Archive for the ‘Obama Economic Policy’ Category

How Progressive is Obama’s Tax Policy?

Has President Obama’s tax policy reduced income inequality? It depends on what you are comparing it to. White House Council of Economic Advisors chief Jason Furman claims that President Obama’s tax policies have sharply reduced inequality. Today’s Washington Post Wonkblog featured some new tables from the Tax Policy Center that show Obama tax policy is […]

State of the Union Speech Promotes New Retirement Savings Vehicles

In this year’s State of the Union Address, President Obama announced a new retirement savings account for workers whose employers do not offer any form of pension or savings plan. He also promoted the Automatic IRA, a retirement savings plan that originated at the Retirement Security Project and has been in the Administration’s budget for […]

Obama’s New Corporate Tax Offer is Another Dead End

In a speech today in Chattanooga TN, President Obama made congressional Republicans an offer they could refuse. And they did.  By doing so, Obama may have quashed the last shred of hope that tax reform can happen before the 2014 congressional elections. In what the White House pitched as a new idea, Obama offered to […]

High Income Households Would Pay Most—But Not All—of the New Taxes in Obama’s 2014 Budget

The revenue proposals included in President Obama’s 2014 budget would, as intended, significantly raise taxes on the highest-income American households. However, despite Obama’s long-standing pledge to protect individuals making below $200,000 (and couples making $250,000 or less) from any tax hikes, even many of those families would pay slightly more than under today’s tax law. […]

The President’s Plan to Cap Retirement Saving Benefits

The president’s FY 2014 Budget would limit tax benefits for workers with high-balance retirement saving accounts. Although critics call the plan a blow to workers’ retirement saving, I consider the plan a smart way to roll back the billions in tax breaks that go to investors who don’t need tax incentives to save for retirement. […]

“Common Sense” Aside, What Do We Really Know About Capital Income Taxes and Growth?

If you’re discussing tax policy with someone who asserts that his or her point is “just common sense,” this could indicate one of two things: Either no deep thought is required—as the person would have you believe. Or no deep thought has been applied. The “common sense” notion that capital income taxes hinder growth seems […]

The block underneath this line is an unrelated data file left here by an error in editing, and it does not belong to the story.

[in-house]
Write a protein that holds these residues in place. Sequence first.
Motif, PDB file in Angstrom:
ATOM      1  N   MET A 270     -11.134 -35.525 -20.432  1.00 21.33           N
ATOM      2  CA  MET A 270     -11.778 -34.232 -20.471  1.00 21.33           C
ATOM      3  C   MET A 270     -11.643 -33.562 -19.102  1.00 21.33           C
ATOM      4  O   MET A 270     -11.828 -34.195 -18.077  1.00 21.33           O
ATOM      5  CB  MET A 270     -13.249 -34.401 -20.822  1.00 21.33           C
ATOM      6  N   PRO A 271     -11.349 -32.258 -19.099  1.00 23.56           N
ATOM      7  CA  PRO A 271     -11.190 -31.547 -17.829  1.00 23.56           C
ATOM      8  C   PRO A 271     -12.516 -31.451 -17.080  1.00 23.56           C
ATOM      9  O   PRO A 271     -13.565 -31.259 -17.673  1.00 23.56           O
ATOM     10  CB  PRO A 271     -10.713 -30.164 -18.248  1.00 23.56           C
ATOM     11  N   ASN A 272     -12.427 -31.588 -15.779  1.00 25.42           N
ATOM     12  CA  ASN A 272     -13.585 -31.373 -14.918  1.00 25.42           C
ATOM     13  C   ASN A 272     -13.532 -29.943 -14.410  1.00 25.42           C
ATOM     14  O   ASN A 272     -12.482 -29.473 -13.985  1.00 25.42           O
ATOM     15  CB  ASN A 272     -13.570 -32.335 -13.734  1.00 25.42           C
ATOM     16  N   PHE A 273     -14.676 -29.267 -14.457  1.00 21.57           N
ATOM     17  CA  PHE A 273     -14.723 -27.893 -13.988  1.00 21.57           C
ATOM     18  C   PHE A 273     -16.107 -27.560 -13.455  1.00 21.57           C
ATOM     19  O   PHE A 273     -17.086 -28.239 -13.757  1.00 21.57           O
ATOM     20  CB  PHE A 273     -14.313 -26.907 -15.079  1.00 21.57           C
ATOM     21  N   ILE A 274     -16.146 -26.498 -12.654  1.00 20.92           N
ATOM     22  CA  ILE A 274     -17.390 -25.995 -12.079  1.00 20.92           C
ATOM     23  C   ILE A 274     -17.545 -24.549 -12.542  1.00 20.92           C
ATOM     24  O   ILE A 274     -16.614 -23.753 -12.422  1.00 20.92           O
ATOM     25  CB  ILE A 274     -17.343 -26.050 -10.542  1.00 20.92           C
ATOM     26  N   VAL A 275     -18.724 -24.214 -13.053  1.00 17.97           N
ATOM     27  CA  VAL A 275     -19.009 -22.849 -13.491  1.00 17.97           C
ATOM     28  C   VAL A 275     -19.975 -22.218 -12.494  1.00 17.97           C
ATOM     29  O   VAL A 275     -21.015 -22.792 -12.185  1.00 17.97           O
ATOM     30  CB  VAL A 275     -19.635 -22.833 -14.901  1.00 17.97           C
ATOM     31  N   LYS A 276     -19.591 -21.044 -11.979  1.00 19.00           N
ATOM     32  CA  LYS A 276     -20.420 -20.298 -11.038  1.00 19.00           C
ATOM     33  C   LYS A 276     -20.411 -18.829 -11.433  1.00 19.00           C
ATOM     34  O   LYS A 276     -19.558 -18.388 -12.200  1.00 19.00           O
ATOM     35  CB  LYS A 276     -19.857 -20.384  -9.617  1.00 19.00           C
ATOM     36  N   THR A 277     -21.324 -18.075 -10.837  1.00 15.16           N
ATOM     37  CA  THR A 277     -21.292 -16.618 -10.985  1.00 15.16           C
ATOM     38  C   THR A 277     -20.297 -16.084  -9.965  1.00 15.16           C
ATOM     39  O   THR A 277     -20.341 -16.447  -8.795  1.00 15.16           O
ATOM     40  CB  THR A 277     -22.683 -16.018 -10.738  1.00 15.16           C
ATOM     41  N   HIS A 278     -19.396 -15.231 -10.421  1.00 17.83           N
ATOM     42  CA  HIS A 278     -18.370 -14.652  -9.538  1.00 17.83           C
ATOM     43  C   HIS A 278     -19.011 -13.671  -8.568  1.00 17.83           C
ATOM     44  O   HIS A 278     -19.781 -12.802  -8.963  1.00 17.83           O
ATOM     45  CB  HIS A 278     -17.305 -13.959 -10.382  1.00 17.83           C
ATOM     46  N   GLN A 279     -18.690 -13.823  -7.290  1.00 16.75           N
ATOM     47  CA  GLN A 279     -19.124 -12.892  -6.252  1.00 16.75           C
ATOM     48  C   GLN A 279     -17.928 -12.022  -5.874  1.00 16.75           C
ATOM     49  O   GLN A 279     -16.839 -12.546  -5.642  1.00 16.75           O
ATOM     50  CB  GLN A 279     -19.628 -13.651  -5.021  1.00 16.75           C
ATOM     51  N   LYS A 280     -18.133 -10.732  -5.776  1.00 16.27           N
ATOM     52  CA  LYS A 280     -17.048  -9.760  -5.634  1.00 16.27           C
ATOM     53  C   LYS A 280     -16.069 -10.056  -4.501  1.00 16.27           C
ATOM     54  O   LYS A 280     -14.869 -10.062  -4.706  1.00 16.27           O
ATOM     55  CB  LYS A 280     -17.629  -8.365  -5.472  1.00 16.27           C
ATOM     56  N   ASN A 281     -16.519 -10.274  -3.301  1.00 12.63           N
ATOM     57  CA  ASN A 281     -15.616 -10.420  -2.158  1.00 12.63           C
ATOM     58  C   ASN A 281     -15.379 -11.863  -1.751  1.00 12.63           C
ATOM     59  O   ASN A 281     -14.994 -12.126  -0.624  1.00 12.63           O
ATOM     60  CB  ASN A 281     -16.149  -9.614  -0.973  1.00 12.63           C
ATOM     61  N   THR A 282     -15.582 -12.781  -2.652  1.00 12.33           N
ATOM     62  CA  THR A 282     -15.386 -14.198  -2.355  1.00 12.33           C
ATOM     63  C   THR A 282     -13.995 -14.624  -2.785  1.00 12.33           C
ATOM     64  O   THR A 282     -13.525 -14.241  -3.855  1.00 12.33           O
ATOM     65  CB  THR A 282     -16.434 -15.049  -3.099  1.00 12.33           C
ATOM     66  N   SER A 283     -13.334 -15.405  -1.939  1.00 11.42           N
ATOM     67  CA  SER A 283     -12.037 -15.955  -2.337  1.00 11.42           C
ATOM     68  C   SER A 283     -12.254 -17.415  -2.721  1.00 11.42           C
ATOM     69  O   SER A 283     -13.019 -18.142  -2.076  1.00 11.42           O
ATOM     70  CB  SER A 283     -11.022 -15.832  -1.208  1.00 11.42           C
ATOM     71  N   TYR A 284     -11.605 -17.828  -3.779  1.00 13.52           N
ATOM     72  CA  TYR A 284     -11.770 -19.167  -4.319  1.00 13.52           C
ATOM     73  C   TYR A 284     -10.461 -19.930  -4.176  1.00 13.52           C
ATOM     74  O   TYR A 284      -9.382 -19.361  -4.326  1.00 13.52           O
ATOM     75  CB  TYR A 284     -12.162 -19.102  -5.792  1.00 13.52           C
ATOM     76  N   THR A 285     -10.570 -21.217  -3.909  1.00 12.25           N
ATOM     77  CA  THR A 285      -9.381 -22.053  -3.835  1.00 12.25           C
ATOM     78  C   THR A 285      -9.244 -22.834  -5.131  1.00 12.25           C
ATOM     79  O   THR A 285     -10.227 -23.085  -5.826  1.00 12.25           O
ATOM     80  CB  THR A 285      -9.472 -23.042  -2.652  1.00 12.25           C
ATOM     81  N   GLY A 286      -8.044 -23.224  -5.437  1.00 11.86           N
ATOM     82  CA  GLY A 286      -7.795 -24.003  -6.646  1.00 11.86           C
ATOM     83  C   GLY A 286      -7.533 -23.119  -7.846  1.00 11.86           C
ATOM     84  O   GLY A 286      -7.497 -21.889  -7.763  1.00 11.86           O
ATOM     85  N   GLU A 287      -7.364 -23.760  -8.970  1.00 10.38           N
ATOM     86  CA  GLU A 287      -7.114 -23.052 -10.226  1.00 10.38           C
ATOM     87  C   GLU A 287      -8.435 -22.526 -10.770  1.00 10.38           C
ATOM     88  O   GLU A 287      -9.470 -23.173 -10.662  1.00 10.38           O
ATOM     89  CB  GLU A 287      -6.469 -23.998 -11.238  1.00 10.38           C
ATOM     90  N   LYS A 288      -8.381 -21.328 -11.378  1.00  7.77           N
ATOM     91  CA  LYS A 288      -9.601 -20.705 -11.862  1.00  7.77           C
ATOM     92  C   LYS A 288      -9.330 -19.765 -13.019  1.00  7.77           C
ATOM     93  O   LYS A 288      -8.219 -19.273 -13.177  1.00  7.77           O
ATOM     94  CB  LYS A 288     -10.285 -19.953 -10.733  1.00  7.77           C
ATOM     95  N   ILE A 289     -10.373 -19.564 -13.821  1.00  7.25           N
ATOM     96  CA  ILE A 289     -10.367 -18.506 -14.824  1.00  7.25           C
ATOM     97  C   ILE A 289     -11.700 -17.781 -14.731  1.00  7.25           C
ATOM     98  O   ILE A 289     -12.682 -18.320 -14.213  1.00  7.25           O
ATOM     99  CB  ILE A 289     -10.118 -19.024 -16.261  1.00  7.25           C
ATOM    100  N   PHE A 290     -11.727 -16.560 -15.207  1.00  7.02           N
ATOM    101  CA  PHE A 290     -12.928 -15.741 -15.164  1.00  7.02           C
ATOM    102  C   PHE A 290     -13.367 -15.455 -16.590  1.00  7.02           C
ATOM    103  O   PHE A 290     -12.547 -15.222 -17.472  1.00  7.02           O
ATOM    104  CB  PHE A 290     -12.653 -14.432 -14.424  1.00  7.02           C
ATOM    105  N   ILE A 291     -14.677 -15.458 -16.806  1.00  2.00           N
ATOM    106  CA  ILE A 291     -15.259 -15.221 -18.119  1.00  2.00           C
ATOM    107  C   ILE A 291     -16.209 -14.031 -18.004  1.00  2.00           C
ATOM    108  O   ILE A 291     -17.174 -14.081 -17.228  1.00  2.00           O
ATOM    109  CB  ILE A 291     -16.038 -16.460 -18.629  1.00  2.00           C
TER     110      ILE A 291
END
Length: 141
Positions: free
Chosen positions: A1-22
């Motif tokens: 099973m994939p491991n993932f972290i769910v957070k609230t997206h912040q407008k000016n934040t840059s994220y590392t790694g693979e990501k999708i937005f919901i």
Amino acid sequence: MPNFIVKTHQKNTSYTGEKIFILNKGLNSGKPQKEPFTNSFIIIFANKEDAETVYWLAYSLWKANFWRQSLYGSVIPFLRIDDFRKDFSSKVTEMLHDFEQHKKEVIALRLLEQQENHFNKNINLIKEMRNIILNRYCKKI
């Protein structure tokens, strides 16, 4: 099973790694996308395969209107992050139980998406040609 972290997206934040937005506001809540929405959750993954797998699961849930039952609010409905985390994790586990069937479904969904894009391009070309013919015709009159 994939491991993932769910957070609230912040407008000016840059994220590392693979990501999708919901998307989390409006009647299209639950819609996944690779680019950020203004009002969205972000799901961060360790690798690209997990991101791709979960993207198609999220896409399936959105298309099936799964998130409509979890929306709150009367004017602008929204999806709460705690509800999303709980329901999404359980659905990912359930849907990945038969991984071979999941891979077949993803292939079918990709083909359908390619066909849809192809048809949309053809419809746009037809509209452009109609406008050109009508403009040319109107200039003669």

Corporate Tax Reform is on Obama’s Agenda, But Can He Pull it Off?

In what will probably be the usual endless laundry list of State of the Union promises, President Obama is likely to include tax reform, by which he means a rewrite of the corporate revenue code. The White House seems ready to take a run at lowering corporate rates and scaling back targeted business subsidies. So […]

Five Ways the Chasm Between Democratic and Republican Budget Plans is Growing

If their leaders’ public statements are to be believed, the fiscal chasm between the political parties is widening. And it is hard to see how it can be bridged.    Congressional Democrats and Republicans have agreed to put off the next budget crisis for a month or so. This is a good thing, especially considering […]

Why the Senate’s Tax Bill is No Way Out of the Fiscal Impasse

With fiscal cliff talks seemingly stalled (at least today) , there has been growing talk that House Republicans would call President Obama’s bluff and simply pass the Middle-class Tax Cut Act approved by the Senate last summer. But for all the chatter, nobody has paid much attention to what is, and is not, in that bill. […]

How Can 98 Percent of Us be Middle-Class?

Congress and President Obama can’t agree on much, but they agree on this: Congress must preserve what they persist in calling middle-class tax cuts. As most TaxVox readers know by now, the red lines in this debate are for singles making about $200,000 or less and couples filing jointly making $250,000 or less. By this standard […]